The training has helped to create a ripple effect, said Pastor Tommy L. Brown, a children’s social worker with DCFS in Compton. He has participated in two trainings with Project Fatherhood, which he said has helped him help fathers in the community. He learned in the training that it was okay to share personal feelings with other fathers, who are often afraid of coming forward with their own feelings for fear of being persecuted.

“When I share with them, they open up, hold their heads up high and begin to share,’“ Brown said.

Brown encourages fathers to be involved with their significant others, spend quality time with their children and – most importantly – to spread that message to other fathers in their community.

“You get them to feel empowered and there’s nothing like that. They feel hope. It’s a game changer,” he said. And the message is spreading. “When you light a campfire, there are others across the river who see it.”

Seeing the Light

Nowhere was the light shining brighter than at Project Fatherhood’s 11th Annual Fatherhood Solutions Conference on June 15, co-sponsored by First 5 LA and attended by more than 600 service providers, child advocates, non-profit agencies, educators, mothers and, of course, fathers.

Some of the workshop topics included early childhood focus on being present and engaging family, helping fathers build resiliency, child custody, the impact of racial and implicit bias and the need to change policy to further work in the fatherhood movement (in which First 5 LA’s investments were profiled).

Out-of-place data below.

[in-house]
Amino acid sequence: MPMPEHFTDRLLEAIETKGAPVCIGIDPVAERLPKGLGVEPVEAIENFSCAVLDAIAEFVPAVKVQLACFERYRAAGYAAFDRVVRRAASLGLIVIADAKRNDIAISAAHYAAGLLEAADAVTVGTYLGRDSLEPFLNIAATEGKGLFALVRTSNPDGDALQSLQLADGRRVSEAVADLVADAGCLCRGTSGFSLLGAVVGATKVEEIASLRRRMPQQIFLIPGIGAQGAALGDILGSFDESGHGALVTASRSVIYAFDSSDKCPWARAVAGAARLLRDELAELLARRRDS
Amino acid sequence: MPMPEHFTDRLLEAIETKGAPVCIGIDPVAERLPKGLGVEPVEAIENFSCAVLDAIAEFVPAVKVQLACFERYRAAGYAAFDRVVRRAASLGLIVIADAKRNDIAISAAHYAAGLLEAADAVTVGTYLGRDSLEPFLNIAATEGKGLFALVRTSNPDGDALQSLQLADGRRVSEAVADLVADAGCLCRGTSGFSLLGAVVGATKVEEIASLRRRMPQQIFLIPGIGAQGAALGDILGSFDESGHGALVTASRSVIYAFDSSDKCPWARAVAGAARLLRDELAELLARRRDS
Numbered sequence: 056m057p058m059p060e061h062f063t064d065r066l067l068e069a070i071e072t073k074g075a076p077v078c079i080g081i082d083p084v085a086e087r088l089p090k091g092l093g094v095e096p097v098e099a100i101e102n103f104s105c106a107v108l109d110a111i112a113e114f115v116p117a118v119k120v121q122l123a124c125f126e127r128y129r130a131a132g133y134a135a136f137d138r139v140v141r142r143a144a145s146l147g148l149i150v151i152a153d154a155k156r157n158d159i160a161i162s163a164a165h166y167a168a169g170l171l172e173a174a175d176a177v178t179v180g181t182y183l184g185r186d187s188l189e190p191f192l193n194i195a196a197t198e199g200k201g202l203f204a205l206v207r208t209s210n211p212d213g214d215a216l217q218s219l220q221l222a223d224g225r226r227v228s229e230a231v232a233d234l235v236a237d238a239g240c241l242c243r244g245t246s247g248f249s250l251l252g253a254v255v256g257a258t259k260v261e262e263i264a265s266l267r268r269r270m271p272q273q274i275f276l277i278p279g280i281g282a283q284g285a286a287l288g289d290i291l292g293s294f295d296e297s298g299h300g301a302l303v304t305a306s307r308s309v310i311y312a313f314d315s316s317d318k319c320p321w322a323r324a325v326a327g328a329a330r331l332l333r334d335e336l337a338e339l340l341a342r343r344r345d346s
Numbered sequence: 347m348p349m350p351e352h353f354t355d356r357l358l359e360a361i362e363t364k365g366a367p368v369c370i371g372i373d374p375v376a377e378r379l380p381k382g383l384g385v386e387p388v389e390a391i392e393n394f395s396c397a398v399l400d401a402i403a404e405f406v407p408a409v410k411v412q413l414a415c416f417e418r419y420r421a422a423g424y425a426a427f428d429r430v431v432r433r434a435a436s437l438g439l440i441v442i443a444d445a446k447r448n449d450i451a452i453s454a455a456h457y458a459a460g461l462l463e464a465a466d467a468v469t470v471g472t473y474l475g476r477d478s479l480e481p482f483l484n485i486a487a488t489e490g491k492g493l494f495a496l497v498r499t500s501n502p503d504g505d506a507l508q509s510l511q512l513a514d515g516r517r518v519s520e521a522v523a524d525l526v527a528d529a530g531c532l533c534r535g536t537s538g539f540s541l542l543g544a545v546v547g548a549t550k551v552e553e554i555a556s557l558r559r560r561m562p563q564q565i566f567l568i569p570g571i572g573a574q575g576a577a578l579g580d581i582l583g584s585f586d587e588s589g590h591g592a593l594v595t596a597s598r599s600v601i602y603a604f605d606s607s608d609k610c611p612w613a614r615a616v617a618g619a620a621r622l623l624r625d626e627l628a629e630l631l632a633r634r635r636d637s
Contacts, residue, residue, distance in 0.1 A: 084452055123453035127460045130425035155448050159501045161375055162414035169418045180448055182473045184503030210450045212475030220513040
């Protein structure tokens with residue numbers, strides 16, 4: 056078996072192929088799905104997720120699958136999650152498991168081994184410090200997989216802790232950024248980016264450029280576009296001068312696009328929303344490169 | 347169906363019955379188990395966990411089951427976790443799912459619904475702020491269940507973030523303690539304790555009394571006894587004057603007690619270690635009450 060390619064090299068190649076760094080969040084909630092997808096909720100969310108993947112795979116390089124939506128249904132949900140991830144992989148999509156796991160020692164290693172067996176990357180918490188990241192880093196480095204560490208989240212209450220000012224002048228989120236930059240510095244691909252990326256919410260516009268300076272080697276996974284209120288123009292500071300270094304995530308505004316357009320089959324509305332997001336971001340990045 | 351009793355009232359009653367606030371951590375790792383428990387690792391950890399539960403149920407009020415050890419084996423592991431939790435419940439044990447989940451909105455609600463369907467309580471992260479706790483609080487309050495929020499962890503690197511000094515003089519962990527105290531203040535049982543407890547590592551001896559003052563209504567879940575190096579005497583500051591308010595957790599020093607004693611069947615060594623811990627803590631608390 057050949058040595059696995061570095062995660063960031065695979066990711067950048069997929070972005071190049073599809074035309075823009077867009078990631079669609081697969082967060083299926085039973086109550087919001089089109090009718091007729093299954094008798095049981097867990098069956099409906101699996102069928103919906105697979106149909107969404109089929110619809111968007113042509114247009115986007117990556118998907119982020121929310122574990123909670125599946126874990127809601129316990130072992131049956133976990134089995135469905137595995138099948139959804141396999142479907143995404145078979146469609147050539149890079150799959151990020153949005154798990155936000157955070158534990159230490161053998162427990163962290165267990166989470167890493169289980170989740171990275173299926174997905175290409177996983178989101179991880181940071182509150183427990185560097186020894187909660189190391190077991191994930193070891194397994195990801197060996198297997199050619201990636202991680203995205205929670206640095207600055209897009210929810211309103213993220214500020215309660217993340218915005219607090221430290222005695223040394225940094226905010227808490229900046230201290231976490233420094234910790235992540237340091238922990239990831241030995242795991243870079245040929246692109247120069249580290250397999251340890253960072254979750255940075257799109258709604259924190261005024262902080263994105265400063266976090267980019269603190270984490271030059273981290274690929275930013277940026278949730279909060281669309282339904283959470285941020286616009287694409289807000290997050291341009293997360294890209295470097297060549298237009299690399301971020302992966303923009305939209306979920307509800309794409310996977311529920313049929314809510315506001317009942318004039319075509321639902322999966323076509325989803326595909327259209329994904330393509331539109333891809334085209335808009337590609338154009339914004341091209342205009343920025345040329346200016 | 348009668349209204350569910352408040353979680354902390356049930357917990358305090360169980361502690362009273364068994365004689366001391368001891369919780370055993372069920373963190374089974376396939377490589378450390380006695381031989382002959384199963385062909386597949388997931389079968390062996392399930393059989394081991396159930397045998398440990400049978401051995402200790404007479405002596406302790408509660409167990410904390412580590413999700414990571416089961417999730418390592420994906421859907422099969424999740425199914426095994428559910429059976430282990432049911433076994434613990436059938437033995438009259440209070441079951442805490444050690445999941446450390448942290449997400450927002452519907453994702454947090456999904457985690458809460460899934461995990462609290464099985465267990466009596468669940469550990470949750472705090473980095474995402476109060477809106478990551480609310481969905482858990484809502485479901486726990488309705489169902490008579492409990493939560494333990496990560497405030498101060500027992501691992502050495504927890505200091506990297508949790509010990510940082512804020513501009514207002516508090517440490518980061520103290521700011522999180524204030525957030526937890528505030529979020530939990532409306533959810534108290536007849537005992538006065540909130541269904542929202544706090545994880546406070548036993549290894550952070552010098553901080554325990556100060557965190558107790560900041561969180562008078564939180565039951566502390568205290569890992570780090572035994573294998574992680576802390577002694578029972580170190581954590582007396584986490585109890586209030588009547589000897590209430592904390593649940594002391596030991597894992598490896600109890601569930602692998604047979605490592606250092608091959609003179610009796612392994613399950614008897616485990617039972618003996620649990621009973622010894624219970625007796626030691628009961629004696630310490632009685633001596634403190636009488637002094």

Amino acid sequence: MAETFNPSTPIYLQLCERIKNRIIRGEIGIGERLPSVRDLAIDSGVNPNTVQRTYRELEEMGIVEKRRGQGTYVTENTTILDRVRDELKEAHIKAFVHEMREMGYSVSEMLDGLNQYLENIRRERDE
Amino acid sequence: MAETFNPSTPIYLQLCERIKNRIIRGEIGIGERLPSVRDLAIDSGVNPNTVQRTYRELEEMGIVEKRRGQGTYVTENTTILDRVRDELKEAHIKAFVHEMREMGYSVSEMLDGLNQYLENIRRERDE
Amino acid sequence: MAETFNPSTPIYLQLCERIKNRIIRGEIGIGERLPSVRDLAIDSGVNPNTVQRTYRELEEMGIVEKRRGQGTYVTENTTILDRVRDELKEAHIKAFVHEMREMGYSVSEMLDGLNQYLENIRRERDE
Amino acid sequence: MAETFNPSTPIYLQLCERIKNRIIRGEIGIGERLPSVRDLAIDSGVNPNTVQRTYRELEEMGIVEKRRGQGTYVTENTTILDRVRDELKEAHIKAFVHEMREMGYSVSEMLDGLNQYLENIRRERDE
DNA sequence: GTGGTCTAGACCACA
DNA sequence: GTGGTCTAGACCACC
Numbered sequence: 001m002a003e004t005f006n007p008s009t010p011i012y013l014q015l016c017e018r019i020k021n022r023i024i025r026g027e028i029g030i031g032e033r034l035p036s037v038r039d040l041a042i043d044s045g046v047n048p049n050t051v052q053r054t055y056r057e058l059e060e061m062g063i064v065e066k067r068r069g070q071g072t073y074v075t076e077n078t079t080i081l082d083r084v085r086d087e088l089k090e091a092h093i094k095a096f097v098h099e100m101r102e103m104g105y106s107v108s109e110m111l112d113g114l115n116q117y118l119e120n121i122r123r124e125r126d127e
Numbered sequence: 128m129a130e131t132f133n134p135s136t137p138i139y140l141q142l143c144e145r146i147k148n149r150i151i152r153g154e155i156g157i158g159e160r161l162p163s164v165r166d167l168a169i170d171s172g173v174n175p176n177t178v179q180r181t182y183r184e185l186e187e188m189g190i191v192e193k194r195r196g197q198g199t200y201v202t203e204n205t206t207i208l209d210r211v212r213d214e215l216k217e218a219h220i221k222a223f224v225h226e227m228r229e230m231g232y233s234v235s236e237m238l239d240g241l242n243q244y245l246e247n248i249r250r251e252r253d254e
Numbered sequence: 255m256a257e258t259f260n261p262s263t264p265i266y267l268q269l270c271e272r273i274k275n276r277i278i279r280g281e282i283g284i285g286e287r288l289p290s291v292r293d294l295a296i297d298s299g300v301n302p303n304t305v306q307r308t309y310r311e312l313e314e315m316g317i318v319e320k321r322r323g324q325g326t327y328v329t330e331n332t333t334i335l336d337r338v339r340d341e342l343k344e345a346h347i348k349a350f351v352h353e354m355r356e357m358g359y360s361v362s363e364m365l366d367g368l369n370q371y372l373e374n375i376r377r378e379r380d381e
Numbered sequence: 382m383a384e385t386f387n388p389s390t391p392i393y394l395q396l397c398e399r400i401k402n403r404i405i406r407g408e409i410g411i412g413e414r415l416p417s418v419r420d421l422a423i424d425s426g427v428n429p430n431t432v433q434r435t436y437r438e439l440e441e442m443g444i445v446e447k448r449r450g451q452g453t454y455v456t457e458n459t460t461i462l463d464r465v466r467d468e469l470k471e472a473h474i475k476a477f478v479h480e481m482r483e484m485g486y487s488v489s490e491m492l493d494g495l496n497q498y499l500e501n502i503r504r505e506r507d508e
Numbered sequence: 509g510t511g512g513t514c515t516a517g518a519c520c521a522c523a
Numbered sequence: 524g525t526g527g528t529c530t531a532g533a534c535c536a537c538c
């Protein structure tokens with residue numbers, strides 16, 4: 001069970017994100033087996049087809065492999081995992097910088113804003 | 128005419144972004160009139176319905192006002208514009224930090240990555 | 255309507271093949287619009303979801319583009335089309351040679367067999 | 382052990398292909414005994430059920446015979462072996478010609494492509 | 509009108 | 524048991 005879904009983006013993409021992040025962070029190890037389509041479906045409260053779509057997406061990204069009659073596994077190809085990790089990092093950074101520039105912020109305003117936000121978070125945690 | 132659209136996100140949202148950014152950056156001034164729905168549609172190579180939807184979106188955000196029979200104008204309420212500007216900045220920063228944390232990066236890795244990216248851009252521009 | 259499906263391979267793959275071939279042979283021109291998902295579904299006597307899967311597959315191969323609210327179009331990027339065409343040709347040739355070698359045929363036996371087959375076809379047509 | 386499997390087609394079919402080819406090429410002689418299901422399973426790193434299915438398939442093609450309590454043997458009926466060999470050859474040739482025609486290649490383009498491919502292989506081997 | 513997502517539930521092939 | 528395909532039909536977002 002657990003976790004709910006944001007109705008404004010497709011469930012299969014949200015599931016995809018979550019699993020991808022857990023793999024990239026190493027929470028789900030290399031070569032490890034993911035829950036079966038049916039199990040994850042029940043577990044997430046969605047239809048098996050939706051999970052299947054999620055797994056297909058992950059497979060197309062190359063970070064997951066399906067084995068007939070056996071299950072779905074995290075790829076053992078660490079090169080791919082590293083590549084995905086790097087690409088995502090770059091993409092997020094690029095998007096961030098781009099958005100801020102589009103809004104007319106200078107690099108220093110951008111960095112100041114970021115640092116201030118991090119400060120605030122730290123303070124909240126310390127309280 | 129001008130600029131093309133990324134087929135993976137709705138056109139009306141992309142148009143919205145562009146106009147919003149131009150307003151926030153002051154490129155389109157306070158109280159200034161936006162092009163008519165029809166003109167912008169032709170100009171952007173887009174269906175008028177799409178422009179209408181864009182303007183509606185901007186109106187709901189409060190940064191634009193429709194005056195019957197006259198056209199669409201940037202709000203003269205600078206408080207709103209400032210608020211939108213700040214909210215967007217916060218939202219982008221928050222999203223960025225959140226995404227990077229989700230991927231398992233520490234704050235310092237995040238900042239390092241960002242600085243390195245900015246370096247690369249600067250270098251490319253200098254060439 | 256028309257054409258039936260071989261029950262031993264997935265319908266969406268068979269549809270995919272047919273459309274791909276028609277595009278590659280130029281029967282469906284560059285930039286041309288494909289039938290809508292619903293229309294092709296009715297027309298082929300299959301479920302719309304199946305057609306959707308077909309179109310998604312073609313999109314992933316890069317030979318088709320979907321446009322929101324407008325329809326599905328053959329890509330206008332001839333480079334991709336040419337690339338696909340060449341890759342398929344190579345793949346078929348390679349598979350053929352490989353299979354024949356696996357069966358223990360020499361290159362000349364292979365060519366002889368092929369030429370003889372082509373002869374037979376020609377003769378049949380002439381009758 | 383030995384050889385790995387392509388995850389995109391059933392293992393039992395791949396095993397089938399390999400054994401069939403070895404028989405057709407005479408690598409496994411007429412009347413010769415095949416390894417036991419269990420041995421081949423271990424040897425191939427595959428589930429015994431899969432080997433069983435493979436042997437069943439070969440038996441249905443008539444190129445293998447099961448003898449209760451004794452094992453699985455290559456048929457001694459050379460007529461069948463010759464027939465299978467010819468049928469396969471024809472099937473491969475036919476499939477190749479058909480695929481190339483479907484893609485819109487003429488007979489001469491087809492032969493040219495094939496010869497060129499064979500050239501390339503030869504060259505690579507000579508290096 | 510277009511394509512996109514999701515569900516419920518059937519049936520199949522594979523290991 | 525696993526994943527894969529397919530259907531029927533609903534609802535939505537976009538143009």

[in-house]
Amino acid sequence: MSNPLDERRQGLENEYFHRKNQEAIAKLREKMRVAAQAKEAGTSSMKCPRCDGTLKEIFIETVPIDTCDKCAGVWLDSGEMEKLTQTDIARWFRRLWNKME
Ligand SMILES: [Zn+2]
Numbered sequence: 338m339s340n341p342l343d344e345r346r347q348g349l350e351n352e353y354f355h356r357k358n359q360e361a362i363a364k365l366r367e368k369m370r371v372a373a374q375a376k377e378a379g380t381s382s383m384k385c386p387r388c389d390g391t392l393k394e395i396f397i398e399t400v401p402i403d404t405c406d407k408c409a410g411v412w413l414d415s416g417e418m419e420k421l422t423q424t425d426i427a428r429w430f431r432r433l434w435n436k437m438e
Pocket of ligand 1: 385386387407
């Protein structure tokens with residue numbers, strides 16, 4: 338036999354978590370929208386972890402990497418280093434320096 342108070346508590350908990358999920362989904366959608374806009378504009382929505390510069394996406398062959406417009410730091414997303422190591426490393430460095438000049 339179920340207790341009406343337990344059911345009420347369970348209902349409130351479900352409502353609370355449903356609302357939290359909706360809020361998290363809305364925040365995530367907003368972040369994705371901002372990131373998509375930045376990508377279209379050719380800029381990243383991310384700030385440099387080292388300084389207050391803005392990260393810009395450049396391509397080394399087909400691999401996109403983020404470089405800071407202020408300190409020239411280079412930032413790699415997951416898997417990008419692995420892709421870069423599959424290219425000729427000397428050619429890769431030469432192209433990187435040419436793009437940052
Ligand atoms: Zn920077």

Cultural differences in how fathers engage with their children were also addressed, a topic that shined brightly in the mind of Denis Lucena, a member of the First 5 LA-funded Panorama City & Neighbors Best Start Community Partnership who came to the conference to learn more about engaging with his own daughters and helping the children in his community.

“Being raised in a different culture, especially from Mexico, many of my brothers in law and my brother are accustomed not to interact as much with children and I take the time to serve them their food, to take care of them and hold them more than they do,” Lucena said. “So I’m kind of breaking rules there.”

Yet by watching Lucena interact with his children, Lucena’s brother has changed his own behavior toward his kids. “Now he shares more of his feelings with his children, to spend more time with his children. He learned from me to do a ‘special time’ with his children. They do small projects, like an art project and he researches places where he can do stuff with his children.”